Embracing Failure

How many of us can say we look forward to a good failure? Or ever get a hankering to know what you tried just didn’t work, or that you said the wrong thing to the wrong person? I’m betting both of those questions sound pretty ridiculous, but I am not so sure that they’re as far out in left field as they may seem.

Our culture extols success and curses failure. How many books have you seen on the business bestseller lists with the word “Success” in them? Probably so many that it would seem odd for it not to be there. Have you seen many “Failure” titles, though? There’s power in failure, despite the fact that we’ve built it into a big scary monster that keeps us all running scared.

Unforutnately, our cultural and individual fear of failure tends to obscure the fact that failure is a fantastic learning experience. Thomas Edison, after all, famously said, “I have not failed. I’ve just found 10,000 ways that won’t work.” Each time he tried a new idea only to discover that it didn’t work, he had more information to help him put together the pieces that would work. This is no small thing, and odds are good that you and I would still be living by candlelight had Edison not been so willing to fail and learn from his failures, and had the persistence to keep going. (Some things, like learning to drive a manual-shift car, can really only be learned by failing over and over until the process makes sense.)

The critical thing about failure is that if we’re not willing to fail, we stifle our learning and our creativity. If we won’t audition for the band/choir/play/cheerleading team/sport of our choice, how will we ever get to play? If we don’t make the cut, we can ask what we need to improve so that we’re better prepared next time, but standing back because we’re afraid to fail just keeps us boxed into a very sad place in our psyches, and means that our excellent ideas—and even our mediocre ideas that could be polished into excellence—stay trapped inside our heads. As a result, we tell ourselves that we’re not creative and that we never have any good ideas despite a complete lack of supporting evidence. We condemn ourselves as failures before we even start. Most of us would never tell our children, “Don’t bother to try. If you fail, you’ll just feel rotten and it’s not worth it.” And yet, we do it to ourselves all the time.

The irony here, of course, is that failure is a critical part of the creative process. Only first-time authors with no experience in writing think they can produce a perfect book or story in the very first draft. Experienced authors always go back to see what works, what doesn’t, and what needs to be changed so the work can be even better. (Most authors will tell you that 90% of writing is in the revision.) The process is similar for other art forms. It’s not a stretch at all to say that all creativity is a trial-and error process, and that the only way to get where you’re going is to figure out—and learn from—what isn’t working along the way.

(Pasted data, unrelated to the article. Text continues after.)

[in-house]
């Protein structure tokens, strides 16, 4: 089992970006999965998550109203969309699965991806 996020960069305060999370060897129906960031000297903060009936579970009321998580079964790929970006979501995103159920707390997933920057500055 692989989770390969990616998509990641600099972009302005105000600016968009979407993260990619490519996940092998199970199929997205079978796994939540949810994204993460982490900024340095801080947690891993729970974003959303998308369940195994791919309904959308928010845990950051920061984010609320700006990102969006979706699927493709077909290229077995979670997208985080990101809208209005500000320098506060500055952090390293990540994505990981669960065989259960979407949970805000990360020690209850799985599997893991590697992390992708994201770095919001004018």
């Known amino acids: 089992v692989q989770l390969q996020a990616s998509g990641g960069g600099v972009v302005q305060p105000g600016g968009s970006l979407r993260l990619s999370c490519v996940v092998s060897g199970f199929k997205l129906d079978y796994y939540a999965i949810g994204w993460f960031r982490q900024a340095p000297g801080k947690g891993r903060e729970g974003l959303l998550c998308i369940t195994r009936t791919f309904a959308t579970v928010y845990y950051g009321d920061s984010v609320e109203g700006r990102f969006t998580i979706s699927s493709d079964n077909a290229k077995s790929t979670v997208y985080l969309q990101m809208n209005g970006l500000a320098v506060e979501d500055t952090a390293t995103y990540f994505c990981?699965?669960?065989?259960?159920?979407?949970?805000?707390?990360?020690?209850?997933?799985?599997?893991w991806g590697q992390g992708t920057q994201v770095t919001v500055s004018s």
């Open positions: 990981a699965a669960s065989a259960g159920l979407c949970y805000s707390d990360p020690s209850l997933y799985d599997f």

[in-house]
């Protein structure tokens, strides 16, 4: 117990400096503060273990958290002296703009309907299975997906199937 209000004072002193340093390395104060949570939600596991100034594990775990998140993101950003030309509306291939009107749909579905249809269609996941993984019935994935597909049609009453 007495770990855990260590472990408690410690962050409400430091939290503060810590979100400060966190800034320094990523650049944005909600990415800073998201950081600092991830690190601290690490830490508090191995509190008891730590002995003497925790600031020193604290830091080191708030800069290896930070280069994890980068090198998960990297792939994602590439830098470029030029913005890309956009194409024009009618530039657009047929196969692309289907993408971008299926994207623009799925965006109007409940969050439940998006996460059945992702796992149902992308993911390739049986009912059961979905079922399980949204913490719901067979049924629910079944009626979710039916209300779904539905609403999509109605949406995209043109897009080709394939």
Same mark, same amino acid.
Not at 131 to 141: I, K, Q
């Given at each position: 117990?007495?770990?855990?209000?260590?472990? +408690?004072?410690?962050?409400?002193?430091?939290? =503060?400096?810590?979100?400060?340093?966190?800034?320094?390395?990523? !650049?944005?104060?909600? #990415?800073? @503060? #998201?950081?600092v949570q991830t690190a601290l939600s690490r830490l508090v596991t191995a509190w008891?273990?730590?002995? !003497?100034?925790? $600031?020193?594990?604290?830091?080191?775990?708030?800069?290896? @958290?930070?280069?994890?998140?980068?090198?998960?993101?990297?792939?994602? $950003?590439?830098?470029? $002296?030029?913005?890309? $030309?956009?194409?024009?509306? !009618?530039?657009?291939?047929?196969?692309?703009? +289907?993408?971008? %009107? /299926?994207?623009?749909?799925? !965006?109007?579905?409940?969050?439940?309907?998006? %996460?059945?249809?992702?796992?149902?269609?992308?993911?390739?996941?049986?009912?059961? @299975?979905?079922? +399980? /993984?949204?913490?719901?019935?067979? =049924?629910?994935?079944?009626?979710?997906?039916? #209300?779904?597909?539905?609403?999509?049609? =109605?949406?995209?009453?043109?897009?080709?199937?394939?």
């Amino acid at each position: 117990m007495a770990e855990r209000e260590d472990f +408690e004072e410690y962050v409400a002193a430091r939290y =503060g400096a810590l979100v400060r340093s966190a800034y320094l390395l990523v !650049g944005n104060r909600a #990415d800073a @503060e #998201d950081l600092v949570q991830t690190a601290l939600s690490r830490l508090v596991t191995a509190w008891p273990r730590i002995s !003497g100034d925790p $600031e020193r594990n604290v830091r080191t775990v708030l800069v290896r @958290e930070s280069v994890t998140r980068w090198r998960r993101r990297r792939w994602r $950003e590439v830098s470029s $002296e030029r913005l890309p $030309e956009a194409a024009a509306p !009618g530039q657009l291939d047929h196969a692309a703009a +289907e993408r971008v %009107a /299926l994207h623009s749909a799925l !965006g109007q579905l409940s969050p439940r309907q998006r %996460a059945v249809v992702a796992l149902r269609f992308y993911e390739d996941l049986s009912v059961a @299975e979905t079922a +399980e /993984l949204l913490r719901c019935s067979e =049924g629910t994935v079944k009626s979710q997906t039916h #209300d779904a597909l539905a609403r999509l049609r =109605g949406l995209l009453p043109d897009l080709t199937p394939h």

Fortunately, we’re starting to wake up to the power of failure, and beginning to embrace it as a vital part of creativity. Back in December, Jeff Stibel, Chairman and CEO of Dun & Bradstreet Credibility Corp., posted a Harvard Business Review blog called “Why I Hire People Who Fail,” in which he says,

The failure wall was part of our efforts to create a company culture where employees can take risks without fear of reprisal…We don’t just encourage risk taking at our offices: we demand failure. If you’re not failing every now and then, you’re probably not advancing. Mistakes are the predecessors to both innovation and success, so it is important to celebrate mistakes as a central component of any culture. This kind of culture can only be created by example—it won’t work if it’s forced or contrived.

I’m also intrigued by the efforts at Wimbledon High School, a girls’ school in the UK, to encourage students to take risks and learn from their failures. Their upcoming “Failure Week” will encounter their own failures and those of respected figures who failed but picked up and moved on. The BBC asked the school’s headmistress why this week would be important:

“The girls need to learn how to fail well—and how to get over it and cope with it,” she said. “Fear of failing can be really crippling and stop the girls doing things they really want to do. The pupils are hugely successful but can sometimes overreact to failure even though it can sometimes be enormously beneficial to them. We want them to be brave—to have courage in the classroom,” she added.

I think they’re on the right track. I hope to see some follow-up information on how the week goes, and I would love to see something similar adopted in the US. But first, we have to break through the idea that success is always achievable on its own, without any failures at all, and that failing is a sign that we’re unworthy somehow. If you agree with me, take a look at your own failures. What have you learned from them? Where did they make a positive difference in your life? In what ways did they lead you down a path that’s been vital to your life without you realizing it at the time? Which ones would you never go back to correct now that you have some distance and can see their impact in your life? And how can you encourage others to see failure as an agent of change and creativity rather than a sign that they’re worthless and never should have bothered in the first place?

I’d love to hear what you discover in this process!

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